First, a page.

Writerly Wednesdays community growing

It started as a simple ‘Meet-Up’ group for creative writers in the San Francisco Bay Area about 10 years ago.

‘Shut-up and Write’ groups or Writers’ Cafes sprouted up in coffee shops, living rooms and other creative communal spaces. The concept spread across academic communities with a similar aim — to bring the ‘social’ back to the solo act of writing.

Graduate students, staff and faculty members have been showing up to write on #Writerly Wednesdays since the early weeks of the fall term. The writing sessions start with a short 20-minute presentation or facilitated discussion followed by a 1.5-hour block of quiet writing. Discussions have included strategies for creating a writing practice and identity, finding your voice, citation management tools and learning to write even when you feel like a fraud.

A collaboration of student services facilitators — Learning Services, Centre for Pedagogical Innovation, Library Services, Faculty of Education and Grad Studies — originally convened last May to plan and facilitate a day-long Vitae Graduate Student Writers’ Retreat held each year at Rodman Hall. During the debrief, many graduate student participants expressed a desire to sustain a similar sense of community and to access additional writing supports throughout the academic year.

Organizers are working together to collectively develop writing programs that reflect the components of a writers’ community of practice (CoP). According to CoP scholars, a shared common interest, commitment to learning and practice are essential elements.

“We are all writers. We struggle, feel defeated, and sustained by selecting one choice word after another. It’s the love and intrigue about the writing process that this group shares,” said Karin Perry, one of the collaborators at Brock.

Dean of Grad Studies, Jens Coorssen is an advocate. He’s witnessed the development of innovative writing programs cropping up across university campuses. Coorssen said “creating an open space and community for scholarly writers to engage in discussion about the craft of writing is far reaching. The ability to communicate via writing and other media is an integral part of graduate training and for future careers.”

The next Writerly Wednesday session, on Wednesday, Oct. 26, is intended to get peoples’ pencils moving. Giulia Forsythe will facilitate visual thinking exercises (sketchnoting or doodling) and demonstrate how doodling is a form of external thought that allows you to visualize the connections you are making while thinking.

All members of the broader graduate community (grad students, faculty and staff) are invited.

Upcoming Writing Sessions, which run from noon-2 p.m. in Thistle 253:

Wednesday, Oct. 26: Sketchnoting: Using Visual Notes to Structure Your Writing: Explore non-linear methods of organizing information to record, brainstorm, plan and communicate your ideas. Giulia Forsythe, Centre for Pedagogical Innovation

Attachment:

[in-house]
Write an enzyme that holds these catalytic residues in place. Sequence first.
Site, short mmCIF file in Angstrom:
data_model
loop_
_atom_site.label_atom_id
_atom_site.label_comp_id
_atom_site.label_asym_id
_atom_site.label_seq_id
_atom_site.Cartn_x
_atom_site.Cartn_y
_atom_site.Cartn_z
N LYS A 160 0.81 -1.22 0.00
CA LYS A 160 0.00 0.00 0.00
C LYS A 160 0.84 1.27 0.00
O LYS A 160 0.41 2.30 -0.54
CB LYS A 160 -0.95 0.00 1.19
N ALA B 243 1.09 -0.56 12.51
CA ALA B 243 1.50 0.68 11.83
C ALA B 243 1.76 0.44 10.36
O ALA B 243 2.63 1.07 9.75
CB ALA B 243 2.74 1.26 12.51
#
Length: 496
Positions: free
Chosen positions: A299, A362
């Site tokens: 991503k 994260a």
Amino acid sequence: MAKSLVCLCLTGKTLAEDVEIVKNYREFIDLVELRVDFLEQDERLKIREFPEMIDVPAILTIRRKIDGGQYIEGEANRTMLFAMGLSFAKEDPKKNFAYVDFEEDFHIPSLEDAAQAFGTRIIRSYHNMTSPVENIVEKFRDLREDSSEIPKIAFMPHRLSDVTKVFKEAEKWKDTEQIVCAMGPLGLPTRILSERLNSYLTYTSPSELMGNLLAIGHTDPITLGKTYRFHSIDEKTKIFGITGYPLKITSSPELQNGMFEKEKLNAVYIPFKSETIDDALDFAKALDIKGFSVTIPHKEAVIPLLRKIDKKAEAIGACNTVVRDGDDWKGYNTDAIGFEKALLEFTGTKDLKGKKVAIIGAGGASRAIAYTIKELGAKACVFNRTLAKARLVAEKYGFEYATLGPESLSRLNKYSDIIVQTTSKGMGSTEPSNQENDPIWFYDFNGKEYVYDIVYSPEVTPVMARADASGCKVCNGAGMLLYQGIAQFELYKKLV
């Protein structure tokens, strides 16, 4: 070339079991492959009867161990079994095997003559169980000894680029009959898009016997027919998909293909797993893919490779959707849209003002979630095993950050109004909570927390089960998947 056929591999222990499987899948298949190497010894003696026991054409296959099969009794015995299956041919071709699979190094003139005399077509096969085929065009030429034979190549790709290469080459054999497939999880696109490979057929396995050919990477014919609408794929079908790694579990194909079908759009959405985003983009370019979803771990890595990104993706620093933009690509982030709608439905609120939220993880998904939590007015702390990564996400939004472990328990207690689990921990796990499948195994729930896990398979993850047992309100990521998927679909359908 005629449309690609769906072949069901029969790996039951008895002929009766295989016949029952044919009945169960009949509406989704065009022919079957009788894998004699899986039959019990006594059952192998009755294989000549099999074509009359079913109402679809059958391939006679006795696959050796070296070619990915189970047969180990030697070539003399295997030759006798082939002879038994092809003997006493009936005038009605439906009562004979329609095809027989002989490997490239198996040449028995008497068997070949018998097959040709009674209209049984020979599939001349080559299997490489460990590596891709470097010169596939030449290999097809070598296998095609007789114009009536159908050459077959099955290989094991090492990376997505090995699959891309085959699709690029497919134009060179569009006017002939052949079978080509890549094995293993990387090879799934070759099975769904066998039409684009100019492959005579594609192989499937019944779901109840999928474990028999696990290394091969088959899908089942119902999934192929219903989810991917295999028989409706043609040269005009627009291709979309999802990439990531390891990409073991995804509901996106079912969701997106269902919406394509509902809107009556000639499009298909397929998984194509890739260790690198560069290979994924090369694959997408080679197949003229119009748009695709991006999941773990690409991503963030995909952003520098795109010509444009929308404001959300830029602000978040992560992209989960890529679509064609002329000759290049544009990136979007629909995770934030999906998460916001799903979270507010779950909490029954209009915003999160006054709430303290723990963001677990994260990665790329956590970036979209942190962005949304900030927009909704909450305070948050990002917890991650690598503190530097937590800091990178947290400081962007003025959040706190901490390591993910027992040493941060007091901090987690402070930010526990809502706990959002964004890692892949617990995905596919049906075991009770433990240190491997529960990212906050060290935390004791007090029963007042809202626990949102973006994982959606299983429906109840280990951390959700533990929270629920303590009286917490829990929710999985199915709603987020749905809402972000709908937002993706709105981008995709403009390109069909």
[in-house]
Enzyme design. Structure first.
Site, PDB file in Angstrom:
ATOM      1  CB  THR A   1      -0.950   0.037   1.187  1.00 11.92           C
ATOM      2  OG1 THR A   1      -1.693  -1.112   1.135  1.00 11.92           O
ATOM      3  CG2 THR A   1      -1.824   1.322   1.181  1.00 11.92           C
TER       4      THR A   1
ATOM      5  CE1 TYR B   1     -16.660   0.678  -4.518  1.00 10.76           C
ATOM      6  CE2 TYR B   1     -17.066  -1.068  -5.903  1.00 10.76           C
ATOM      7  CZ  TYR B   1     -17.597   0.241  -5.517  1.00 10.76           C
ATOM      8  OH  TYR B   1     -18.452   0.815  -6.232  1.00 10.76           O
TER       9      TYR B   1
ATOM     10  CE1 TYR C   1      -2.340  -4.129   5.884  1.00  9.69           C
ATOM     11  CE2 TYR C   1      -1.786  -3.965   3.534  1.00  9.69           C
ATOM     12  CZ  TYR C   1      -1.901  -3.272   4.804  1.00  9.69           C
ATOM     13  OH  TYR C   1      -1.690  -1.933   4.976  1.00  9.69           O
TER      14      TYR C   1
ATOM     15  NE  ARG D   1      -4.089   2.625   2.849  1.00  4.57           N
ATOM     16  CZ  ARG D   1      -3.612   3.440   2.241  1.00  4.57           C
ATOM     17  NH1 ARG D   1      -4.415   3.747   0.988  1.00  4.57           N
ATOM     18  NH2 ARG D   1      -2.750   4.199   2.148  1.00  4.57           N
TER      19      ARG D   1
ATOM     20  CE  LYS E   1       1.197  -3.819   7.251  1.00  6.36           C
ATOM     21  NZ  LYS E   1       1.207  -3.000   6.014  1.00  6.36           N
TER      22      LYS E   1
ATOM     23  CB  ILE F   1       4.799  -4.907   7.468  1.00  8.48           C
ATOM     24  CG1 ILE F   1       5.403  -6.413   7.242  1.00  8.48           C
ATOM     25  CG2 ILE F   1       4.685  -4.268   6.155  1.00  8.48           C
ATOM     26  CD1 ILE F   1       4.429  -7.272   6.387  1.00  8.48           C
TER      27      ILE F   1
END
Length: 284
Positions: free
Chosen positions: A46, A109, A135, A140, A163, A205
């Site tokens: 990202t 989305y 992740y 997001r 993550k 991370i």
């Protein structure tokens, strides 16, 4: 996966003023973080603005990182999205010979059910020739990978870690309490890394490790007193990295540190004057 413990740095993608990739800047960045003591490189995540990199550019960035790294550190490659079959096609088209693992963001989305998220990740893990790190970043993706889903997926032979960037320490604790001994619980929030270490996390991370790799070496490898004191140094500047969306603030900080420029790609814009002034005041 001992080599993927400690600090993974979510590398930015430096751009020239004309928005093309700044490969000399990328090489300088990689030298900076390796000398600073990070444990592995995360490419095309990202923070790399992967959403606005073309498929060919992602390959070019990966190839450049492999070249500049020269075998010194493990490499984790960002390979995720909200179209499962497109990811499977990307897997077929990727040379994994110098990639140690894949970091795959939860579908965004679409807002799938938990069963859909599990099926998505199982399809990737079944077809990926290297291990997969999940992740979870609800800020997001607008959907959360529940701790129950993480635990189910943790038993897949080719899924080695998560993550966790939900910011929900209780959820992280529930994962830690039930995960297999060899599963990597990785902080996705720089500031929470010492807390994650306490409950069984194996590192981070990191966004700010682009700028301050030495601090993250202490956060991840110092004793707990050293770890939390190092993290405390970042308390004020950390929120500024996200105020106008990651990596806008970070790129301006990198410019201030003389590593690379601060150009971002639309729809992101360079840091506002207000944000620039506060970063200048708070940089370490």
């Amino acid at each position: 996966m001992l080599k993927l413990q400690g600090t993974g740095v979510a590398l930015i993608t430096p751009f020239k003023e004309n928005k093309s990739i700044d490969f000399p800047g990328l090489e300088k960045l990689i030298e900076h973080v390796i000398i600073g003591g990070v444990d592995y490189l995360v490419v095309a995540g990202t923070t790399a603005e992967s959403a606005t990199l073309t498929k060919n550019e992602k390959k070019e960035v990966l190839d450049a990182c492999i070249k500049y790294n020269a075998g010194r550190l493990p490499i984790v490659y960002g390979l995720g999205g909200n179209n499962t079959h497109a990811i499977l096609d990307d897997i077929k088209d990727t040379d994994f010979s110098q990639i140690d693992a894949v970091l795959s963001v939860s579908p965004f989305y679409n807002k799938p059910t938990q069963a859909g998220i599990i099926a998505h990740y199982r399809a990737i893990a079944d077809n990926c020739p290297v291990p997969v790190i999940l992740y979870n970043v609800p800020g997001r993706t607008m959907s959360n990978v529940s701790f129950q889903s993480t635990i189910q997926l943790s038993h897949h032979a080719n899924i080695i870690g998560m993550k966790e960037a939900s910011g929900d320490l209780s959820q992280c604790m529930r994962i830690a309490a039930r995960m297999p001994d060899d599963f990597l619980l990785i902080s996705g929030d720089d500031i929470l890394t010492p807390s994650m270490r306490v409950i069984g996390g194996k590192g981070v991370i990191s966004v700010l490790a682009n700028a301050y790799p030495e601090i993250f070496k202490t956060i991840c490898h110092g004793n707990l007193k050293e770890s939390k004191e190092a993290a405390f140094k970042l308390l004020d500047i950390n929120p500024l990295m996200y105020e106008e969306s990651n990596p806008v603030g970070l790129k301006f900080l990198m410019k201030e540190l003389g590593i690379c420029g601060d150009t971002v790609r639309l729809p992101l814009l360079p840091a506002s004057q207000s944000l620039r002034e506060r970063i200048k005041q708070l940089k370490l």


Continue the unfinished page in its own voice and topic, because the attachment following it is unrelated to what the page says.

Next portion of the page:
Wednesday, Nov. 2: Creative Outlines: This free-flow responsive writing activity will help you 1) think about conceptualizing your ideas, 2) make your implicit ideas explicit, 3) identify any gaps in your thinking, and 4) with a strategy you can apply in your future writing. Nicola Simmons, Faculty of Education 

Wednesday, Nov. 9: Myth Busters: The Writing Edition: False beliefs or myths about writing can bog down our process. ‘Writing is hard’ and ‘waiting for inspiration’ are popular misconceptions. Together we will unpack some common myths and assumptions and consider the evidence about writing and writers. Darrin Sunstrum, Faculty of Humanities. 

Wednesday, Nov. 16: Don’t publish and perish: Learn how to evaluate a journal and decide if it’s right for you: So, you’ve finally completed your research and now you want to disseminate it via a “good” journal. The scholarly publishing system is incredibly complex, with new journals launching every day and others folding. And some journals — operated by so-called predatory publishers — are little more than scam artists: publishing with them could damage your academic career. We’ll explore some tips for evaluating the quality and credibility of journals and publishers. Elizabeth Yates, Liaison Services.

#WriterlyWednesday is a weekly gathering of writers engaged in a process of collective learning, developing and writing together. All members of the broader graduate community (grad students, faculty and staff) are invited to drop-in and take part.

 For more information please contact one of our partners:

Lianne Fisher, Centre for Pedagogical Innovation, lfisher@brocku.ca, Allyson Miller, A-Z Learning Services, amiller4@brocku.ca or Karin Perry, Faculty of Graduate Studies, kperry@brocku.ca

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